There’s this movement going on where people are trying to make it more socially acceptable to have a higher body fat percentage, proportionally thicker bones, shorter limbs and a larger waist. The photo above is a good example, where bulimia.com has taken 10 female video-game characters and transformed their physiques into what they feel better represents the average woman. These “realistic” makeovers have been shared to millions of people via BuzzFeed and HuffPo, among others.
Some people argue that these aren’t supposed to be average women, they’re supposed to be legendary action heroes. Due to their world class genetics and lifestyle focused on training, you could argue that them having a lower body fat percentage is more realistic.
That makes sense, but that’s not my issue with these makeovers. I don’t think the person doing the makeover was really concerned about what made sense for the fictional character, but rather what would have the best impact on the self esteem of her fans. That intention seems good, and if this can help people with bulimia feel better about their bodies, then this is great.
My issue is that this backlash against the thin ideal is making it seem like it’s wrong to be thin.
Muscle-building nutrition can be overwhelming at first. How much should you eat? What foods are considered “clean”? Why are paleo and vegetarian women both healthier than average despite having seemingly contradictory dietary restrictions? What supplements should you be taking? When should you be taking them? Do you even need supplements at all?
Luckily, nutrition can also be pretty simple if you focus on the fundamentals. There are just two factors that make the difference between gaining nothing or gaining half a pound of muscle over the course of the next week. But there are hundreds of things that make the oh-so-small difference between gaining 0.50 or 0.55 pounds of muscle. If you focus on the hundreds of small details you risk struggling very hard for progress that your scale won’t even notice.
This article is designed to help you go from gaining nothing each week to gaining half a pound each week. Keep in mind that building muscle becomes harder and harder as you become more and more advanced, so we recommend learning everything eventually, but there’s plenty of time for that later—once you’re already building muscle!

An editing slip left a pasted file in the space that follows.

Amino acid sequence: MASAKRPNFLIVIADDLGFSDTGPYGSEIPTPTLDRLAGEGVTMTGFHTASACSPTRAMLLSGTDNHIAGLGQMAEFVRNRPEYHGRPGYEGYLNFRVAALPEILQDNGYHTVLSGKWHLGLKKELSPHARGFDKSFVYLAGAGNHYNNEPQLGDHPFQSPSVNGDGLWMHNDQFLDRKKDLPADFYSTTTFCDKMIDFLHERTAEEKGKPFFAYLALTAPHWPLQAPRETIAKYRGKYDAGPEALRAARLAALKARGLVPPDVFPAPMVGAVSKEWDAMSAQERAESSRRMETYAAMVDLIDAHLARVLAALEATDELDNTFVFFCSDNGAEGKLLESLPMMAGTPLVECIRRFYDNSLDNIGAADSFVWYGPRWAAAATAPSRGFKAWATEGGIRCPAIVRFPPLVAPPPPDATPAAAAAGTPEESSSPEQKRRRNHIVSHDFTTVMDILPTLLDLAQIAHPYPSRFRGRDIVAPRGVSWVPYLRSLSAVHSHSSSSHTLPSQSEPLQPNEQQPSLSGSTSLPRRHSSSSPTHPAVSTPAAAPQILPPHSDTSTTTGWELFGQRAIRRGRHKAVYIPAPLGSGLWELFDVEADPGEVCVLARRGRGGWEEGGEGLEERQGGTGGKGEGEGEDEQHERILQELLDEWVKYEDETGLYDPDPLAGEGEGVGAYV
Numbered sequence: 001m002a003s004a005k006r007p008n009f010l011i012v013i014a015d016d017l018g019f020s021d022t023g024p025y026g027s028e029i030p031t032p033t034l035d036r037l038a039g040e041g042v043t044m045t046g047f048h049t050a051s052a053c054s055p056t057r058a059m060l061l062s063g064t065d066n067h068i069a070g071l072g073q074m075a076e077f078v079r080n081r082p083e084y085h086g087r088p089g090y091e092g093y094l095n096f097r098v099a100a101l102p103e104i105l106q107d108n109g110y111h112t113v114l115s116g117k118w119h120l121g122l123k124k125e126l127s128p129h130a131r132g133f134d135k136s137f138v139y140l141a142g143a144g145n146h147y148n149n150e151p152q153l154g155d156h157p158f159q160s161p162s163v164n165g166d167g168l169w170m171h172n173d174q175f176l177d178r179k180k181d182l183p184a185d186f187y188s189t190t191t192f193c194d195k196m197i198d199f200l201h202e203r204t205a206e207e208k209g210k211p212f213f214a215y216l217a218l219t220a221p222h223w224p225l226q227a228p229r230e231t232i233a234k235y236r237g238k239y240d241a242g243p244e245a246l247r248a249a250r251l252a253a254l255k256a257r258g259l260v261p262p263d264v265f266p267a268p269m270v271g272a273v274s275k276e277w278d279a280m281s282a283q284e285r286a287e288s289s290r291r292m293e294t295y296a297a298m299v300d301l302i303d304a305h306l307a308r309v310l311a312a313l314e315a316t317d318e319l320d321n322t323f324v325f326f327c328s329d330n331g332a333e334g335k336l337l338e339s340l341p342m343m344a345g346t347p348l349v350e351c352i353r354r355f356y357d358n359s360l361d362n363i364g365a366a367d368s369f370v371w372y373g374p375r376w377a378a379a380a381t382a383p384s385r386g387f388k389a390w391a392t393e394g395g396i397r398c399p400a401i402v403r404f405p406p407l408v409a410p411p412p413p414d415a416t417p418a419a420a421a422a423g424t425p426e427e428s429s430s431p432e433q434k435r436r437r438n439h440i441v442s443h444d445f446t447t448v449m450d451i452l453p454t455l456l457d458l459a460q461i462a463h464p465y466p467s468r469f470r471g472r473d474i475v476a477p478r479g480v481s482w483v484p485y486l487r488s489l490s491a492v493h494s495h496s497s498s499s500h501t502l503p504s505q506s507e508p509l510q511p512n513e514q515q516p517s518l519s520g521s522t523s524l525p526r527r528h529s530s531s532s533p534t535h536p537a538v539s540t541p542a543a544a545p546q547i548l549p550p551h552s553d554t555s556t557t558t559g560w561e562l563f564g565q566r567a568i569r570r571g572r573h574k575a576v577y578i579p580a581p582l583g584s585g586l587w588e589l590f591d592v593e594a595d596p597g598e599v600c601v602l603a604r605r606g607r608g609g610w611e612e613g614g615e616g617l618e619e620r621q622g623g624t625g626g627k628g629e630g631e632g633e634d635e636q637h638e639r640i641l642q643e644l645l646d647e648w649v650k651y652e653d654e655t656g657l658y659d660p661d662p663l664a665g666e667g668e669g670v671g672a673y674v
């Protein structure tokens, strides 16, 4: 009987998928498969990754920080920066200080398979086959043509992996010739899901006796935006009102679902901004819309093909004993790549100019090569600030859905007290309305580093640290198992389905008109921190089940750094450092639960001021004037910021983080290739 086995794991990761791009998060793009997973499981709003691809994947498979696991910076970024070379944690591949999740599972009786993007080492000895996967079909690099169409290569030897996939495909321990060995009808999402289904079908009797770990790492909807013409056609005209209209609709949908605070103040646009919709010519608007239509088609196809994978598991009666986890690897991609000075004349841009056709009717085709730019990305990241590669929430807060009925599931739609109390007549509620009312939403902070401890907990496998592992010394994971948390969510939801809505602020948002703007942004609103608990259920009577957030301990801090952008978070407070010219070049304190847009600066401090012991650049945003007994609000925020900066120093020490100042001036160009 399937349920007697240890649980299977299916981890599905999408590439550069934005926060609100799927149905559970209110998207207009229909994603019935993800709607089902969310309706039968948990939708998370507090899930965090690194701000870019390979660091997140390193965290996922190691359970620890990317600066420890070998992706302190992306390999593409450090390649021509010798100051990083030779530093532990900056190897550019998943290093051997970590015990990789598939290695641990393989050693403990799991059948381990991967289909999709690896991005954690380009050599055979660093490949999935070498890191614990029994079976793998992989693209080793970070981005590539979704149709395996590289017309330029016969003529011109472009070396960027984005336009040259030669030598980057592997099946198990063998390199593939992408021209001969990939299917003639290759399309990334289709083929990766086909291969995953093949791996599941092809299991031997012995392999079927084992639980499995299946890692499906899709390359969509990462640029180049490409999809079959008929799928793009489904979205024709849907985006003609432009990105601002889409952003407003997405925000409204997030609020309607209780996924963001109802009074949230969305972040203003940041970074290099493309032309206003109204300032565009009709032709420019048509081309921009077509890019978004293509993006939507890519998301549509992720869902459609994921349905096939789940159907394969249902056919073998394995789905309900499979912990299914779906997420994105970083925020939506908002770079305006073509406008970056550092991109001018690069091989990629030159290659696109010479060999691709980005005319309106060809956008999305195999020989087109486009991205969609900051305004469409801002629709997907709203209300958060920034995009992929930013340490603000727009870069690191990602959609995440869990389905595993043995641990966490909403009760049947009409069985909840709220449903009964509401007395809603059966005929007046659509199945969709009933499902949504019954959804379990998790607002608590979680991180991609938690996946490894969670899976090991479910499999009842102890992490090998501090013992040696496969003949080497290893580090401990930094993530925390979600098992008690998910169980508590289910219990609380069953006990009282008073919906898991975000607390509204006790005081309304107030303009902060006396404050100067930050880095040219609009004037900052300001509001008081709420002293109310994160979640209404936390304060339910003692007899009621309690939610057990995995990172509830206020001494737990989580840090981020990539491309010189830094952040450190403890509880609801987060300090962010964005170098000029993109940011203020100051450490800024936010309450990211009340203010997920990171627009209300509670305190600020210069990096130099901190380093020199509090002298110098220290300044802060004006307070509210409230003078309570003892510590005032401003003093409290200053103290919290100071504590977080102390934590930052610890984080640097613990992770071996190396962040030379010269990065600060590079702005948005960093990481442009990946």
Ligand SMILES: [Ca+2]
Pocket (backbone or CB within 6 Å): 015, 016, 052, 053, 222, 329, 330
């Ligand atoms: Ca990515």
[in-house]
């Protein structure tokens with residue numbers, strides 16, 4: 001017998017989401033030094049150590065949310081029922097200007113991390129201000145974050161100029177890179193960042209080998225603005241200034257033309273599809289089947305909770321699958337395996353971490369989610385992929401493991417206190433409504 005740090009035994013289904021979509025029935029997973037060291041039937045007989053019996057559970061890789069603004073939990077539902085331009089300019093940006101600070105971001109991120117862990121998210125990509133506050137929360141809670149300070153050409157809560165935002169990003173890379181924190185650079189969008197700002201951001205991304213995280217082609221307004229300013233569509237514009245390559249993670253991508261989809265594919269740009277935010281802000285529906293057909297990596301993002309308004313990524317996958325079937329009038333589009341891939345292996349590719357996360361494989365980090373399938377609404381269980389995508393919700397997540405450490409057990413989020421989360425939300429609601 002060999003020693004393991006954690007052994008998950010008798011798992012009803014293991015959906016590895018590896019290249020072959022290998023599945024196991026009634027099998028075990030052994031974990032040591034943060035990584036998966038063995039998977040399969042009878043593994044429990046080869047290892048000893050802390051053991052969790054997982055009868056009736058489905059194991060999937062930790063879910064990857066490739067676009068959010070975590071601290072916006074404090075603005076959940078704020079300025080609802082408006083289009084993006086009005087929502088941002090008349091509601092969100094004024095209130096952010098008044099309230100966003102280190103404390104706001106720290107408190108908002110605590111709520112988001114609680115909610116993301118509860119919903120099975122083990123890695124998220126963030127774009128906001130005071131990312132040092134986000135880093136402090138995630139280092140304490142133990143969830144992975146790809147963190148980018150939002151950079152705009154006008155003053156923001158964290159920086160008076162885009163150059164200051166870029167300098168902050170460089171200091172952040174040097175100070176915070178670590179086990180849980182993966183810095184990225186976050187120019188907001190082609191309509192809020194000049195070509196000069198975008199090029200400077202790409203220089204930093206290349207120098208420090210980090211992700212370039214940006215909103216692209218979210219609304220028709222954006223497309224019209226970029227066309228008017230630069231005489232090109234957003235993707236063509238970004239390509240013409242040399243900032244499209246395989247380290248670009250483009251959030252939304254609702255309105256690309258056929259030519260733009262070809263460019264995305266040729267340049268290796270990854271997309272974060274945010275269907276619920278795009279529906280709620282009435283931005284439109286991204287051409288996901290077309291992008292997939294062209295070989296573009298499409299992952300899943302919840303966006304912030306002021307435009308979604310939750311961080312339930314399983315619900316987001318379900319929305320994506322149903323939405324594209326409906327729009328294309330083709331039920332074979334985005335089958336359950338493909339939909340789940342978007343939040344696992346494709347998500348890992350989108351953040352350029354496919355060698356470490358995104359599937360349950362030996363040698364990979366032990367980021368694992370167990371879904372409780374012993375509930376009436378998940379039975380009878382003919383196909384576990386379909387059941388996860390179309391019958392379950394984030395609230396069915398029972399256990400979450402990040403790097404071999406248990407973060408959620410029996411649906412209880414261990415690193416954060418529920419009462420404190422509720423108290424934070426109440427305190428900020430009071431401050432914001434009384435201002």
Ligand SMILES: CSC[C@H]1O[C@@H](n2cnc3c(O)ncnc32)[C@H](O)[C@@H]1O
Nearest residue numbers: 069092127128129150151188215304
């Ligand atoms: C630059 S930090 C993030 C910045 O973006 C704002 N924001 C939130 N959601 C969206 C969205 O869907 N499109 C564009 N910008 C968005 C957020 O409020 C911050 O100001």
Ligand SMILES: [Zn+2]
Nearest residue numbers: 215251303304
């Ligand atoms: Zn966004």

So. What are those two important factors? And how can you use them to consistently gain weight on the scale, get stronger, and build lean muscle?
We’ve given you a fair bit of information about why building muscle is so great, and also about why it can be so hard for naturally skinny women. At this point you might be thinking, okay, yeah, this sounds great—I want more curves, more muscle, and more strength—but how do I actually get started?
In this post we’re going to explain exactly how you can get started lifting, either at home or at a gym, and then give you a routine to follow for your first few weeks. If your diet is on point, you should also be able to gain 2–3 pounds of muscle while doing it!
If you’re naturally thin, keep in mind you’re immediately at odds with the mainstream. Only 3% of people are trying to gain weight, and the majority of that 3% are probably men. You’re such a minority that basically everything you read about fitness will be wrong. Not necessarily wrong for your friends, but certainly wrong for you.
Most of fitness information or advice is either weight loss info in disguise, or exercise designed to improve the health of overweight people.
You might try the new trendy workout routine, try harder than everyone else, not get the results you want, and think that your genetics suck. Your genetics don’t suck, you’re just doing a fitness-ey program designed for people who want to lose weight and hoping that it will help you gain weight. Of course it won’t help you gain weight, but how on earth were you supposed to know that?